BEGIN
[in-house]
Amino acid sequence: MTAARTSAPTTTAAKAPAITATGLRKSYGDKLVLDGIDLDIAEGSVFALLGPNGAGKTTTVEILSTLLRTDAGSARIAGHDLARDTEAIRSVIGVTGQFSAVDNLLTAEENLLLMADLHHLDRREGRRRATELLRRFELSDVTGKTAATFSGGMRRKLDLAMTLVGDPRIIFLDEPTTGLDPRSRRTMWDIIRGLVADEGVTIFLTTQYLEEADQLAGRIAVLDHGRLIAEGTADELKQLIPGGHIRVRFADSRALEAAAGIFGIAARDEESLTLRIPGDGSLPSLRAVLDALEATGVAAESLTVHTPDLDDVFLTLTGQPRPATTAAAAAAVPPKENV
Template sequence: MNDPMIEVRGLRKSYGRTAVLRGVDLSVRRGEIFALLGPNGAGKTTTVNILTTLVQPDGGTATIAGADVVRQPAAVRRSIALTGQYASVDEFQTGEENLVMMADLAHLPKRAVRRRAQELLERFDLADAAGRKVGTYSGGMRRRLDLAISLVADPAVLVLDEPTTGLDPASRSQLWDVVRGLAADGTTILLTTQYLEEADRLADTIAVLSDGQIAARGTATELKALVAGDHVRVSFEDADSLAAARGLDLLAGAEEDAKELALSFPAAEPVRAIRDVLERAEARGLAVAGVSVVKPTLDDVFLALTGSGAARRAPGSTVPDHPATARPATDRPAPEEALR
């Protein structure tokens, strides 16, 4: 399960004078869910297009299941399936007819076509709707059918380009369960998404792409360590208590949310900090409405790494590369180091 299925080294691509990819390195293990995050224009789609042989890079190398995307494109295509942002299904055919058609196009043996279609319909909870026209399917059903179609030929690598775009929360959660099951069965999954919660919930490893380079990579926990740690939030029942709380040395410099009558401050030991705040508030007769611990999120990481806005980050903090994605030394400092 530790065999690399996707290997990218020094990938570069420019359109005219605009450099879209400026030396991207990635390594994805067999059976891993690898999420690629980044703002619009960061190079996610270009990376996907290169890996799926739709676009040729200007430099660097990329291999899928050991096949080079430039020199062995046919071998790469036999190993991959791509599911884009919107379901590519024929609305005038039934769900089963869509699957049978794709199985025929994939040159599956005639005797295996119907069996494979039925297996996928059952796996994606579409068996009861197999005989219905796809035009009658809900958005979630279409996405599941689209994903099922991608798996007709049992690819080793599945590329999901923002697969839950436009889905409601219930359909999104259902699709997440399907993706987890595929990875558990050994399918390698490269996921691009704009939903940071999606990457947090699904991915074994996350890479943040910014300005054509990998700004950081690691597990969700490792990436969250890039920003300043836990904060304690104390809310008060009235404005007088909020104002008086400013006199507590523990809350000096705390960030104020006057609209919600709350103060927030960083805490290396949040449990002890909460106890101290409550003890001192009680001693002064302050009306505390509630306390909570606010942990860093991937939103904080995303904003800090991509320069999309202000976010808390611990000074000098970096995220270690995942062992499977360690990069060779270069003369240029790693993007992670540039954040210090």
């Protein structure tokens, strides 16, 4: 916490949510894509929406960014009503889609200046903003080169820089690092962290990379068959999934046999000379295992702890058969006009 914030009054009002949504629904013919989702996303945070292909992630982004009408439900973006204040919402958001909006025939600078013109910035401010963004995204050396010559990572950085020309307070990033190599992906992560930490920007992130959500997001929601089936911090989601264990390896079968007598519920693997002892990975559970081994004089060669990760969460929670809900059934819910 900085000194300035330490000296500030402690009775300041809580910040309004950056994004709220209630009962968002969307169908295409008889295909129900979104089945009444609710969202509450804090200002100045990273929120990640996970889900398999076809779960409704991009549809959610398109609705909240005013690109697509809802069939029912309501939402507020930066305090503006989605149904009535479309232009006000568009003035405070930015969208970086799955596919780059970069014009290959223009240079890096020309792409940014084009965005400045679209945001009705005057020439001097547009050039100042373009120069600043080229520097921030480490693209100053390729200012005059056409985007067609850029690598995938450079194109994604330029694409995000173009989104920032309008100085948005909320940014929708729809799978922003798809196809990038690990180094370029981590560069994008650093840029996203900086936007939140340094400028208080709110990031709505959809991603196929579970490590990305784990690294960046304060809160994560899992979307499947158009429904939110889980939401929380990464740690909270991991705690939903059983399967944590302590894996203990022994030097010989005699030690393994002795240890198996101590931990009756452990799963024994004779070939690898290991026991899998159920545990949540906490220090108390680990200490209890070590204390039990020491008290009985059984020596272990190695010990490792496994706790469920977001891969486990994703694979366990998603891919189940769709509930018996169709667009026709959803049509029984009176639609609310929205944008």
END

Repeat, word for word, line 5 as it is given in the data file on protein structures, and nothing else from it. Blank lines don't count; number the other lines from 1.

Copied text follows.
């Protein structure tokens, strides 16, 4: 916490949510894509929406960014009503889609200046903003080169820089690092962290990379068959999934046999000379295992702890058969006009 914030009054009002949504629904013919989702996303945070292909992630982004009408439900973006204040919402958001909006025939600078013109910035401010963004995204050396010559990572950085020309307070990033190599992906992560930490920007992130959500997001929601089936911090989601264990390896079968007598519920693997002892990975559970081994004089060669990760969460929670809900059934819910 900085000194300035330490000296500030402690009775300041809580910040309004950056994004709220209630009962968002969307169908295409008889295909129900979104089945009444609710969202509450804090200002100045990273929120990640996970889900398999076809779960409704991009549809959610398109609705909240005013690109697509809802069939029912309501939402507020930066305090503006989605149904009535479309232009006000568009003035405070930015969208970086799955596919780059970069014009290959223009240079890096020309792409940014084009965005400045679209945001009705005057020439001097547009050039100042373009120069600043080229520097921030480490693209100053390729200012005059056409985007067609850029690598995938450079194109994604330029694409995000173009989104920032309008100085948005909320940014929708729809799978922003798809196809990038690990180094370029981590560069994008650093840029996203900086936007939140340094400028208080709110990031709505959809991603196929579970490590990305784990690294960046304060809160994560899992979307499947158009429904939110889980939401929380990464740690909270991991705690939903059983399967944590302590894996203990022994030097010989005699030690393994002795240890198996101590931990009756452990799963024994004779070939690898290991026991899998159920545990949540906490220090108390680990200490209890070590204390039990020491008290009985059984020596272990190695010990490792496994706790469920977001891969486990994703694979366990998603891919189940769709509930018996169709667009026709959803049509029984009176639609609310929205944008």